A quiet day is sometimes the case for Montana State University students who are studying whirling disease and angler movements in Montana.
Gates and Grunstra are visiting six Montana rivers this summer for Gates' master's degree in biological sciences. Grunstra, an undergraduate student in fish and wildlife management, is Gates' technician. The two are asking anglers on the Gallatin, Madison, Missouri, Yellowstone, Beaverhead and Bighorn about their fishing and gear-cleaning habits. They're washing boots to collect the mud they'll examine later. They're handing out brochures on the transmission of aquatic diseases and sometimes cleaning boots and fishing gear.
Abundant spring rains led to high waters which means that anglers were slow to fish the Gallatin River this summer, Gates said as she waited at the Cameron access.
When a visitor finally arrived, he climbed out of his truck, eyed the side channels of the Gallatin and continued his cell phone conversation. He didn't fish, but told Gates and Grunstra he might return after a meeting.
"We thought about keeping diaries of funny things people do at access sites," Gates said. "When you are there six hours at a time, you see lots of interesting things."
They're getting a taste of Montana's angling culture in addition to their official research, said Gates who grew up in Oregon, learned how to flyfish in college and became the only angler in her family. Grunstra came to MSU from Maryland. Used to working hard for his fish, he said he still can't get over the "awesome fishing" in Montana. He and Gates are amazed at Montana's wild and native trout and prolific hatches.
"The insect hatches here are like nothing I have ever seen anywhere else," Gates said.
As the researchers explained their washing and sampling equipment, John Warden parked his truck at the access and donned his waders. Agreeing to participate in the survey, the high school teacher from Reno, Nev. said he knew about whirling disease and New Zealand mud snails but had never seen a fish with whirling disease. He usually cleaned his boots after fishing.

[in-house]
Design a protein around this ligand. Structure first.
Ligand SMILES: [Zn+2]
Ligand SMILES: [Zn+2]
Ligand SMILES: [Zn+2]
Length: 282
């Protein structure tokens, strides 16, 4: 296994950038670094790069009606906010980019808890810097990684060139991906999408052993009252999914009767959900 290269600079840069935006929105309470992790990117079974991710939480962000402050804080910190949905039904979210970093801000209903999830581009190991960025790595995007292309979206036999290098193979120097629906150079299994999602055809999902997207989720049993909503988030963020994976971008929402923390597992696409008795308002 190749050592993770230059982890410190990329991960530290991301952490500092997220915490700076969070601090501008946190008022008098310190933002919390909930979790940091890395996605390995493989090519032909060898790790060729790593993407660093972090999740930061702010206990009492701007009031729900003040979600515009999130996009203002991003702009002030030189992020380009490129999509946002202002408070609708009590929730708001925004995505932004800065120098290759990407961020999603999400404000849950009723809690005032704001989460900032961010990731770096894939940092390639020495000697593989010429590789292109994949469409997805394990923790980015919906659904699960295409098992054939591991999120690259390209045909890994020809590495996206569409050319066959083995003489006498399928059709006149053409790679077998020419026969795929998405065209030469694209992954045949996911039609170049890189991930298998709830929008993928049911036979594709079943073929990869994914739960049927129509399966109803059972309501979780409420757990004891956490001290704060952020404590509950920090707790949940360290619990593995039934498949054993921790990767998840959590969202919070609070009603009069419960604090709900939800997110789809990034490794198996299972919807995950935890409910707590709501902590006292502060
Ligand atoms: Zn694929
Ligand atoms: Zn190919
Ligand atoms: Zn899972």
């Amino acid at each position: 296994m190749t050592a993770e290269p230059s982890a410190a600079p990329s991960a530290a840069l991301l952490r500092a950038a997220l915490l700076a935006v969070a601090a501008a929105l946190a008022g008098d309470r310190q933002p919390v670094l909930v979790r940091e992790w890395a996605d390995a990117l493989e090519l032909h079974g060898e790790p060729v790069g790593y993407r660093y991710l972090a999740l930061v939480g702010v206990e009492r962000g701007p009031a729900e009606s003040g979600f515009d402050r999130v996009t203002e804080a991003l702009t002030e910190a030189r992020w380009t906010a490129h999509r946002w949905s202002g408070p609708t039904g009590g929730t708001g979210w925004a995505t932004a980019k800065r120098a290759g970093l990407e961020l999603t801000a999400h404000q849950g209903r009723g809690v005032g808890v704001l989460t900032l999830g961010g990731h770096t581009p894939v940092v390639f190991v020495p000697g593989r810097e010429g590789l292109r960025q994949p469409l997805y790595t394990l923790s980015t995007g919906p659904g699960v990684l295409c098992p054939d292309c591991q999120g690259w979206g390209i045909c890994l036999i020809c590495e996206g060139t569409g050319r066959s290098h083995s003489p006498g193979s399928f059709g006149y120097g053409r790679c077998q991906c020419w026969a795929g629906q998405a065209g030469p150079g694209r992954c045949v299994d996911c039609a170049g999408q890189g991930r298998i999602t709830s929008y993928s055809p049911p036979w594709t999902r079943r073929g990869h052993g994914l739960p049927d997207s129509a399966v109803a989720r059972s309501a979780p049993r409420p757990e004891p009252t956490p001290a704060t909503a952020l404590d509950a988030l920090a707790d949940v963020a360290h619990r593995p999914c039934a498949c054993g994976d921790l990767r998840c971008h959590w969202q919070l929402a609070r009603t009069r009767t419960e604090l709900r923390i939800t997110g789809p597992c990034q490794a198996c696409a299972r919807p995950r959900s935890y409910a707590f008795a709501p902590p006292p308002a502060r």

"By all means," he said when asked if he'd like more information about whirling disease.
Gates started interviewing anglers last fall as a trial run for this summer. Planning to continue next summer, she said she'll start writing up her results in the fall of 2006 and hopes to present them at professional meetings and publish them in scientific journals. In the meantime, she has already learned a thing or two about Montana anglers. For one, they're surprisingly warm and interested in her study. For another, they're highly mobile.
"So many people who have fished here have fished in other places around the country, even around the world fairly recently," Gates said.
Out of 100 anglers interviewed on the Missouri River in preliminary work, one had fished in New Zealand within the previous 30 days. Besides the United States, the anglers came from Austria, Bermuda, Canada, England, Ireland, Italy, and Norway.
Such movements increase the likelihood of spreading aquatic nuisances and disease, Gates said. Researchers, in fact, are wondering if anglers could be the vector for whirling disease. They may carry the microscopic spores between streams if they don't clean and dry their gear properly.
The Montana Department of Fish, Wildlife and Parks is a partner in Gates' research project. The FWP has a similar program, but it requires anglers to participate, Gates said. It involves reservoirs as well as streams and has a boat-washing station. That program is headed by Eileen Ryce, a former graduate student at MSU.
Evelyn Boswell, (406) 994-5135 or email@example.com